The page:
by Stephen Downes
Jul 22, 2015
Big Data, Learning Analytics and Distance Education
Universitat Oberta de Catalunya,
Terry Anderson remains optimistic about learning analytics, but the two concerns he cites in this short post are more interesting (quoted):
- The first challenge stems from the ownership of this data... This is especially egregious when the data collected and analyzed is not made available to those who created it.
- Secondly, as researchers at Microsoft Research danah boyd and Kate Crawford noted, learning analytics currently suffers from the delusion 'that large data sets offer a higher form of intelligence and knowledge... with the aura of truth, objectivity, and accuracy.' (but the) belief in 'truth, objectivity and accuracy' is far from proven.
The thing with big data, to my mind, is that it is shallow data. It captures details about many users, but only their use of one or a few applications. Getting deeper knowledge would require more and more egregious breaches of privacy. But so long as the data remain shallow, it remains prone to confirmation bias, as researchers find in the data what they data were designed to show.
Study of colleges shows ‘encouraging’ texts dramatically cut dropout rates
I think I want to see a few more studies before jumping to conclusions here, but wouldn't it be funny if the retention problem could be solved (or substantially impacted) simply by sending encouraging text messages? The tests so far show a 7 percent increase in class attendance, and that those who were not sent the encouraging texts were 36 percent more likely to drop out. Of course, any good plan can be undermined, as for example by David Corke (pictured), director of education and skills policy for the Association of Colleges, who hastens to tell us "in some cases a GCSE is not appropriate and a more applied qualification would most benefit the student and their future career." I wonder what the impact of receiving a text message saying that would be. Nice guy.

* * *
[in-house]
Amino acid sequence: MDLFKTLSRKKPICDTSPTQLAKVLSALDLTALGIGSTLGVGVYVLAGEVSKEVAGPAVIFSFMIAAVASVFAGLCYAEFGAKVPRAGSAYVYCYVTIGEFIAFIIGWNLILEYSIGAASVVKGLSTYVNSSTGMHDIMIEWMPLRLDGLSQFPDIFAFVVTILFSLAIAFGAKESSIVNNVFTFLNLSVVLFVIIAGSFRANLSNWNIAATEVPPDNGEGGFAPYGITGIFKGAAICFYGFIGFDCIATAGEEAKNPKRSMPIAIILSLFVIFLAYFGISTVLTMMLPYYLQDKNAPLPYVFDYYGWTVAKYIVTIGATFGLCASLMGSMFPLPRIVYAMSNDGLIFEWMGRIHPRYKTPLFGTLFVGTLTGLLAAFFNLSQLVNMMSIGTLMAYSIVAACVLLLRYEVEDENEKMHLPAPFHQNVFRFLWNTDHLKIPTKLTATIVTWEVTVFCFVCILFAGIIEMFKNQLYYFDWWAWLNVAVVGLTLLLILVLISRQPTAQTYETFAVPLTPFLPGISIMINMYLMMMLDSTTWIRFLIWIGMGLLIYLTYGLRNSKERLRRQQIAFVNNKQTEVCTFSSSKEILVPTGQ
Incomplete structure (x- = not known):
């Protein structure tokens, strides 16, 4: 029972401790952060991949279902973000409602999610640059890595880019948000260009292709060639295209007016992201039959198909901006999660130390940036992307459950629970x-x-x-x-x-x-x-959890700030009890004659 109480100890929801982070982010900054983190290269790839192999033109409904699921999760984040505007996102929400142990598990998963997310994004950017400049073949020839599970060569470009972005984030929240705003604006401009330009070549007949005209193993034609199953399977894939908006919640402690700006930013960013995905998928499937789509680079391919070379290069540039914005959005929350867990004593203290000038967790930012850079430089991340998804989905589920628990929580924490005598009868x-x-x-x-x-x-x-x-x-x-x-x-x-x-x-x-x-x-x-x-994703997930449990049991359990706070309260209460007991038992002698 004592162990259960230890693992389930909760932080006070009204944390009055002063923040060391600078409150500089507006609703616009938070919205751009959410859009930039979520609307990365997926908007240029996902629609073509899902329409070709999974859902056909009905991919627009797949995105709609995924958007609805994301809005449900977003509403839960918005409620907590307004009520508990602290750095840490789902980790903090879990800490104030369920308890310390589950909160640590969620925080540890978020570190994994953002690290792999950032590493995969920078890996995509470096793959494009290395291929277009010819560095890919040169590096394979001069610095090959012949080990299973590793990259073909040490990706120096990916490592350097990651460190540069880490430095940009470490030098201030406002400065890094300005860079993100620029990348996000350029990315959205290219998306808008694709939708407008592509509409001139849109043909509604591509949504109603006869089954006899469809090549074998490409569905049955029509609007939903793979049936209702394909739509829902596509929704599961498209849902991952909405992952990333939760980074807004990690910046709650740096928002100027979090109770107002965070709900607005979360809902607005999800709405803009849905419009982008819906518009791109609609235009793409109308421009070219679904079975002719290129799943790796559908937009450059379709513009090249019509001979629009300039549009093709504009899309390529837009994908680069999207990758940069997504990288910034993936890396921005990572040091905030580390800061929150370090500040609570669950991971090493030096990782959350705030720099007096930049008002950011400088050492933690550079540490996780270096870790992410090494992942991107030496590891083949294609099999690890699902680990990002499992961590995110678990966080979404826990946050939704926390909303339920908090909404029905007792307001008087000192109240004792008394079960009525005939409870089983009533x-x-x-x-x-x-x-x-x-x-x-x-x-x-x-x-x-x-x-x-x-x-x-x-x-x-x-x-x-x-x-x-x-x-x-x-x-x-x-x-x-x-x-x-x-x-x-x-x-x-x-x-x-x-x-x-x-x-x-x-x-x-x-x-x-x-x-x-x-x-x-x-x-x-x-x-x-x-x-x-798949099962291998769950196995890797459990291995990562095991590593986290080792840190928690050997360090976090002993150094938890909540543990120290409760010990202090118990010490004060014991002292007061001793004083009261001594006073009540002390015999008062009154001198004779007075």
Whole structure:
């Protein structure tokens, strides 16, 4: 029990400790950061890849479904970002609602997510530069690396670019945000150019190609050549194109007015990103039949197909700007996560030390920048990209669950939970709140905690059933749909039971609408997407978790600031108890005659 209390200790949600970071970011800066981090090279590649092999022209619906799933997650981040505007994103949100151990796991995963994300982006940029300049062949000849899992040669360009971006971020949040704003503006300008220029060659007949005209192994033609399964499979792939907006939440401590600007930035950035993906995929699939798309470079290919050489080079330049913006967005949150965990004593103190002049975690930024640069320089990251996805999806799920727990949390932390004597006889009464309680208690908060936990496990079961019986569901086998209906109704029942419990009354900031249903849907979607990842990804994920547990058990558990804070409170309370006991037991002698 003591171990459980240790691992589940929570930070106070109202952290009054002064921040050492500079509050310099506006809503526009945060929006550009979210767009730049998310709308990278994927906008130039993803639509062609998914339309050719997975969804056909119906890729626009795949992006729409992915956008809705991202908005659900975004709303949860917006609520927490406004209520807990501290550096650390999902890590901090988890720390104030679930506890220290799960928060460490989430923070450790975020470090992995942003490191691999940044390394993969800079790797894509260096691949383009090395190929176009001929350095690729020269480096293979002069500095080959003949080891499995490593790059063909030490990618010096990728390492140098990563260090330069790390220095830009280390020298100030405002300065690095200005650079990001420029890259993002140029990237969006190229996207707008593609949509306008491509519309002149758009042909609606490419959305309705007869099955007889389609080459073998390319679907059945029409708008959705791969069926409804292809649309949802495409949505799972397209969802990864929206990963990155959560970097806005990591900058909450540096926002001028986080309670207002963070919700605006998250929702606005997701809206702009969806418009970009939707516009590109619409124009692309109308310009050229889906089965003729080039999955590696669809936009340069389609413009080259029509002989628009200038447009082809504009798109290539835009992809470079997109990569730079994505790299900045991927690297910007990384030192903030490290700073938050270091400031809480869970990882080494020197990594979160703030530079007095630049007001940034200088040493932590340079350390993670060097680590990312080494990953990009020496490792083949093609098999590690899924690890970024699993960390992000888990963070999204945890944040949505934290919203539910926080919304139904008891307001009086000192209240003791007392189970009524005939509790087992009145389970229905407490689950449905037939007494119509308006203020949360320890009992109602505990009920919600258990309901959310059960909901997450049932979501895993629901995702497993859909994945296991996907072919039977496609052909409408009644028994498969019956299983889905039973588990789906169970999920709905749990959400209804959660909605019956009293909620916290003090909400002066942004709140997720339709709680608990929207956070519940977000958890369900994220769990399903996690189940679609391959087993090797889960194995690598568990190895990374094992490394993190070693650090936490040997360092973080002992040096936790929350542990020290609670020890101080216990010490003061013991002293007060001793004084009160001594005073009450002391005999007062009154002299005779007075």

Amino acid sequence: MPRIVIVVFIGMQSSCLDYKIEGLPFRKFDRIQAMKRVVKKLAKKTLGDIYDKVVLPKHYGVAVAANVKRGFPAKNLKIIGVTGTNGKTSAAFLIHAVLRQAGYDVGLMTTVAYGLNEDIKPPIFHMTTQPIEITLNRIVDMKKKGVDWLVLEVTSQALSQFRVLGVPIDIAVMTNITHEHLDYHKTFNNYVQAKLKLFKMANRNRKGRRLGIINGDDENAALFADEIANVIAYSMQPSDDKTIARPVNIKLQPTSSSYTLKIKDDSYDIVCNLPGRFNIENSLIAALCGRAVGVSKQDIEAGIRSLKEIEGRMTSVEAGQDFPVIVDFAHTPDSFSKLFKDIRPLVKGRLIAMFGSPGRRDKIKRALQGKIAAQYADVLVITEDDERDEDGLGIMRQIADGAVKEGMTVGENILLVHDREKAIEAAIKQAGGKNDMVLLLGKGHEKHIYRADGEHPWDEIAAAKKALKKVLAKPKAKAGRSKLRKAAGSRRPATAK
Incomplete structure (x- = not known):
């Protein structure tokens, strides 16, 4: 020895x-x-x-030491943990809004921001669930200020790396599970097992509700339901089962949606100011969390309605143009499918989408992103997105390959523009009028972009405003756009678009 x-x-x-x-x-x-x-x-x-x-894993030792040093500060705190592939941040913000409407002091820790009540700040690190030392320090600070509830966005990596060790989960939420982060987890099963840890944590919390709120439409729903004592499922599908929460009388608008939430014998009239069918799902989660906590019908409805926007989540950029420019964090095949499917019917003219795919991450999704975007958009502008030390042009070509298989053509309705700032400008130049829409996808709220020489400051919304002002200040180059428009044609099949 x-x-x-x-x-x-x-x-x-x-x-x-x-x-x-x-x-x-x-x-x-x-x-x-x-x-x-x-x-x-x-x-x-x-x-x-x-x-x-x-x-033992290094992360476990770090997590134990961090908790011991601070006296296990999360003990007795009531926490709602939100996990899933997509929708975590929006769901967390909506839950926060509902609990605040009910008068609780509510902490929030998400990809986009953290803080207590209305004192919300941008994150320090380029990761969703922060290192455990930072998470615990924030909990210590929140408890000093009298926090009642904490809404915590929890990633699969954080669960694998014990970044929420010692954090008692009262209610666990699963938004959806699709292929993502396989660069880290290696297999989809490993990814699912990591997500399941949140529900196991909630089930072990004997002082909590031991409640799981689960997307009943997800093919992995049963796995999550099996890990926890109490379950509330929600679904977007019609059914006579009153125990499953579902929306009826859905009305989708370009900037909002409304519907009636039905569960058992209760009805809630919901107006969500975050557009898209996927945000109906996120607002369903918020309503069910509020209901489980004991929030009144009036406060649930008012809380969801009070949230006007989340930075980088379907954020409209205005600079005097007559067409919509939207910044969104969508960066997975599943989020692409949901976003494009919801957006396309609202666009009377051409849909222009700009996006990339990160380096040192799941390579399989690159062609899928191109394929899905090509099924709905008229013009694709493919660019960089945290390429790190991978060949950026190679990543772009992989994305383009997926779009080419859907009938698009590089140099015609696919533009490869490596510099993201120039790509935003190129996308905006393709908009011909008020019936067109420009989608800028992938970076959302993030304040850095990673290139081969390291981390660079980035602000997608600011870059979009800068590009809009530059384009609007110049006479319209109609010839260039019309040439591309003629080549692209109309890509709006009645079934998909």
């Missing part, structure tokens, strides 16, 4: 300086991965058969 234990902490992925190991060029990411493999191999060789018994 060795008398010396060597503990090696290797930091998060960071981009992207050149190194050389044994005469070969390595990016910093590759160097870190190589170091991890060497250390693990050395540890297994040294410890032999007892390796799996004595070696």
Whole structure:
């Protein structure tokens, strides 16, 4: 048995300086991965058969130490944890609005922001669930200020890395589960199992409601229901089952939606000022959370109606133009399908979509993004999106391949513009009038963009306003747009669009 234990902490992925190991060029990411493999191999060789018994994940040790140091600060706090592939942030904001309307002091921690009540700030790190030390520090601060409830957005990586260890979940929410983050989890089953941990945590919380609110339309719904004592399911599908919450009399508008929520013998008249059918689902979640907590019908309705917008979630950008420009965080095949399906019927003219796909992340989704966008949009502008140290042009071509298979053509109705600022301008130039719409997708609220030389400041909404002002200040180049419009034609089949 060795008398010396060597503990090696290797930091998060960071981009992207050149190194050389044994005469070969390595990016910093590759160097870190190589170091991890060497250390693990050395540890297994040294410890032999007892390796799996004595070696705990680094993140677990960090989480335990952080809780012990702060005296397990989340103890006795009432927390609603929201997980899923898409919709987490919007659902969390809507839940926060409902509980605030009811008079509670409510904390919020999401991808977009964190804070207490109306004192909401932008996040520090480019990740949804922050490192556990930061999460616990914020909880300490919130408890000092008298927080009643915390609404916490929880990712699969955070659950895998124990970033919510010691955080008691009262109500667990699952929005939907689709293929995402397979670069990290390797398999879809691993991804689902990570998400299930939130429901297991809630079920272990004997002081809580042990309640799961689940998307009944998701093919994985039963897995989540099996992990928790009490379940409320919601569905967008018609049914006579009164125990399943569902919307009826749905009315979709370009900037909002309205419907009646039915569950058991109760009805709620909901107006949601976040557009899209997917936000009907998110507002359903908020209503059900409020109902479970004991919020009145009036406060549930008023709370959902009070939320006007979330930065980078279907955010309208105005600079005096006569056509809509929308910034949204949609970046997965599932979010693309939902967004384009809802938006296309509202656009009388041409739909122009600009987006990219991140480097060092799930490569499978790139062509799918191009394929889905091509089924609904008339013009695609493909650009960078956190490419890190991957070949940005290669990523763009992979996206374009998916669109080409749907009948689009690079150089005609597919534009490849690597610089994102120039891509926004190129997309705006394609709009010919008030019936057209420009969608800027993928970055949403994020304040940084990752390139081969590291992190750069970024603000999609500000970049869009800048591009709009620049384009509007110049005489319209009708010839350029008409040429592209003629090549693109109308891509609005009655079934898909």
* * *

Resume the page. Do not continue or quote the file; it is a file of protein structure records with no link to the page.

A Master List of 1,150 Free Courses From Top Universities: 35,000 Hours of Audio/Video Lectures
At a certain point, pundits will stop saying there's a shortage of open learning resources out there, and will begin thinking about how to use what already exists in courses (hint: cMOOCs). "Generally, the courses can be accessed via YouTube, iTunes or university web sites, and you can listen to the lectures anytime, anywhere, on your computer or smart phone."
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